Building A New Home In Buffalo/WNY 2018

Many questions come our way when this time of year rolls around. After all, there is a lot to know regarding building a new home in Buffalo/WNY.

“Why and How?” you may ask… Why and how would you possibly be expected to know all of the information surrounding a new home project, before you come shopping for one?

“The biggest thing for me, having just gone through the stresses of closing on my first home, is simply having compassion for people who are looking to build a home for the first – or especially – the last time in their life” said Nicholas Bellanti, Sales Manager of Owl Homes of Fredonia.

“Like myself, many of our clients are finding out that the Real Estate Market is quite literally, out of this world. Hence the massive influx of not only business, but questions, that we’re receiving lately. I truly feel for our clients, and as a Sales Manager here, I am confident in my strategy of giving information and making this an easy and transparent process for people of all knowledge levels.”  – Nicholas Bellanti, Sales Manager of Owl Homes of Fredonia.

There are 13 Model Homes setup for display (Including a Two-Story Home which sits on our Turn-Key 8 Foot Superior Wall Basement for viewing, Cape-Cod, and Ranch Homes), that allow us to help you figure out which style home you’d like depending of course on budget.

After this, we’re glad to schedule a free site inspection in order to accumulate accurate utility and site costs to add to the price of the custom home itself. This allows us to give a complete New Home Project Estimate.



Send us a message using the “Request a call” button located on every “New Home” page on the website, OR simply give us a call or stop in any time during hours of operation to check out our 13 homes on display or meet with a consultant for info!

(Mon-Thurs 9-6 / Fri 9-5 / Sat 9-4)


3752 E. Main Rd. Fredonia, NY 14063

P.S. Click The “New Homes” Tab at the top of the page to See Enough Custom Homes to Make Your Head Spin!







Modular Homes in Buffalo/WNY 2018

Innovative, Modular Housing That Can Grow With the Owner’s Needs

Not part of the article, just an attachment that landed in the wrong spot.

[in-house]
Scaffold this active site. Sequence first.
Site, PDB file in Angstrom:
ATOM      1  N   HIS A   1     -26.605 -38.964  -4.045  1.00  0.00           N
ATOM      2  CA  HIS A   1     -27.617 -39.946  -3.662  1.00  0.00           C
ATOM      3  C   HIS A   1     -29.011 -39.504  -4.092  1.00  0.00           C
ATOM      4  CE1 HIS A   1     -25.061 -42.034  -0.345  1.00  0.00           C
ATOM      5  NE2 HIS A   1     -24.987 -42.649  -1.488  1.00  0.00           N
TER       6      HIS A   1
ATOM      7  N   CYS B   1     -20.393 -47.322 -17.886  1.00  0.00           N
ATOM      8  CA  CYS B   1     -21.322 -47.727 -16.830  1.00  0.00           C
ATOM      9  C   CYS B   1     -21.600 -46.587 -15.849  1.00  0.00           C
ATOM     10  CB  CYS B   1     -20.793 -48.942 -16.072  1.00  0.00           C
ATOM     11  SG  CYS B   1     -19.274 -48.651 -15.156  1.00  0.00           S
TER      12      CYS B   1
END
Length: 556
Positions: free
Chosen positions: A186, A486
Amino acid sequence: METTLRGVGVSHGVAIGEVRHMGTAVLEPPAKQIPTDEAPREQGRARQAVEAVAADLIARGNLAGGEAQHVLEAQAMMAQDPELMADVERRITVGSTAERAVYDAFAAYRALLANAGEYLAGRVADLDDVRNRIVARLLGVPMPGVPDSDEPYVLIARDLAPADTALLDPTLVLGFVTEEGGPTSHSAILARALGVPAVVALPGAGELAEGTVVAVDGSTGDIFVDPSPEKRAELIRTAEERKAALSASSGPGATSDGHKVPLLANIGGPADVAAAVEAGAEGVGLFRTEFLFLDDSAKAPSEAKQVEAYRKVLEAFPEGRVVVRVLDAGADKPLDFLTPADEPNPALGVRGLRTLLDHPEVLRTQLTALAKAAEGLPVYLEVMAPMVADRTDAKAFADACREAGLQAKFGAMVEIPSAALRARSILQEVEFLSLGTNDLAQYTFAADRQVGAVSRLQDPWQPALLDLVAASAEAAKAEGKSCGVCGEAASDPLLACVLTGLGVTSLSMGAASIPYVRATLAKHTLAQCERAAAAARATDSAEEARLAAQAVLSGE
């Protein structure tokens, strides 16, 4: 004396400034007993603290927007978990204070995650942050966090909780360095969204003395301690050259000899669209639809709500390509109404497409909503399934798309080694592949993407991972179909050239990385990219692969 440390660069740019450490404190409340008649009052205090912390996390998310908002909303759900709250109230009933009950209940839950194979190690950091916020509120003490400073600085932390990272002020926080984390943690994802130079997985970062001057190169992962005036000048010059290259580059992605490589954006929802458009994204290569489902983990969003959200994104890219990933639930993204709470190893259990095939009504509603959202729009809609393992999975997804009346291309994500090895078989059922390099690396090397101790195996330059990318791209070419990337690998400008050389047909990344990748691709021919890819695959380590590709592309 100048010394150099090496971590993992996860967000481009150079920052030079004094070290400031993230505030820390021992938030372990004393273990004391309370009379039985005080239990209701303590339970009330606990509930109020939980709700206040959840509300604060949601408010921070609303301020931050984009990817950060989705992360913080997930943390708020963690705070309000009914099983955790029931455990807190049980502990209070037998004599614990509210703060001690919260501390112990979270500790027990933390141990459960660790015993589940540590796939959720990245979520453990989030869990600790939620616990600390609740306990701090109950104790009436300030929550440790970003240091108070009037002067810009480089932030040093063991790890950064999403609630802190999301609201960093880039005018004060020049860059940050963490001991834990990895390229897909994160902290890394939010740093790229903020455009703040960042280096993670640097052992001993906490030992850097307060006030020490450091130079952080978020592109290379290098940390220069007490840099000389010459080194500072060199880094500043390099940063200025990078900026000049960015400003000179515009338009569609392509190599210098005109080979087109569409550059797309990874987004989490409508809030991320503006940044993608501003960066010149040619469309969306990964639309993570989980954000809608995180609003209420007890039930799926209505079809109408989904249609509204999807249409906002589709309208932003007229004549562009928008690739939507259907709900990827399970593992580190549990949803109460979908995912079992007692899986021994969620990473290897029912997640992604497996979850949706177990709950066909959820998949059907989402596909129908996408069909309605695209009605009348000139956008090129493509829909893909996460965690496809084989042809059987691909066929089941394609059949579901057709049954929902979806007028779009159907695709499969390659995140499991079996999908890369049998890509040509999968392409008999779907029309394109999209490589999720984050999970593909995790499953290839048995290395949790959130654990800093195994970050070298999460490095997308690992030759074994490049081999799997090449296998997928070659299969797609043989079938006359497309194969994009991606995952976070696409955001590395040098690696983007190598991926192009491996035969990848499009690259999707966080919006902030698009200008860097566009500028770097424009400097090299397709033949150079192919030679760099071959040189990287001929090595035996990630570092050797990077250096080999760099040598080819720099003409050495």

Modular housing offers a whole host of benefits including combating the growing affordable housing issue and reducing labor. This unique solution also allows home owners to start small and add as their needs change, giving them an entry way into home ownership with a very attractive solution moving forward.

When architect Brian Gaudio talks about Module, the Pittsburgh-based housing startup he cofounded in early 2016, he speaks the language of an excited techie. Module, an “operating system” for your home, creates spaces customized for every family. While it aims to provide new, more affordable, and more adjustable homes, the company doesn’t build, it offers a design and technology platform. A sense of optimism and possibility—perhaps cultivated during his time designing rides for Disney theme parks—is palpable.

But ask Gaudio about the nuts and bolts of how Module homes get built, and he begins sounding like a realist, one that may be able do what the dozens of startups that have tried to make a real business out of building, affordable, high-tech modular or prefab homes have failed to accomplish.

“We thought about how to work within the existing methods used by builders,” says Gaudio. “When we developed our wall system, we asked, ‘how does a general contractor, with relatively unskilled labor, build this house?’ We’re not here to bring NASA engineers on board to redesign the idea of home. This is about incremental innovation, and making a system that helps existing builders build better homes.”

How the Module system allows a home to grow with its owner. “We’re not trying to disrupt the system of building. We’re trying to disrupt ideas of adaptability, design, and cost.” Module

Module’s doesn’t want to be manufacturer, but rather design a system that informs future homebuilders, an easy-to-build, easy-to-expand housing product aimed at young adults. Informed by a housing personality quiz, buyers pick from one of three starter modules, which are built, in part, by an off-site partner, then assembled on site by a general contractor. Think of it like the Helix sleep of starter homes.

But the real selling point is that the modules, assembled with a patent-pending wall and roof systems, easily connect to additional Module-designed rooms and add-ons, which help owners expand their homes like a set of Lego bricks as their needs, and families, grow. Working from home? Invest in a small studio addition. Want to make more money? Attach a module designed to be a rental unit.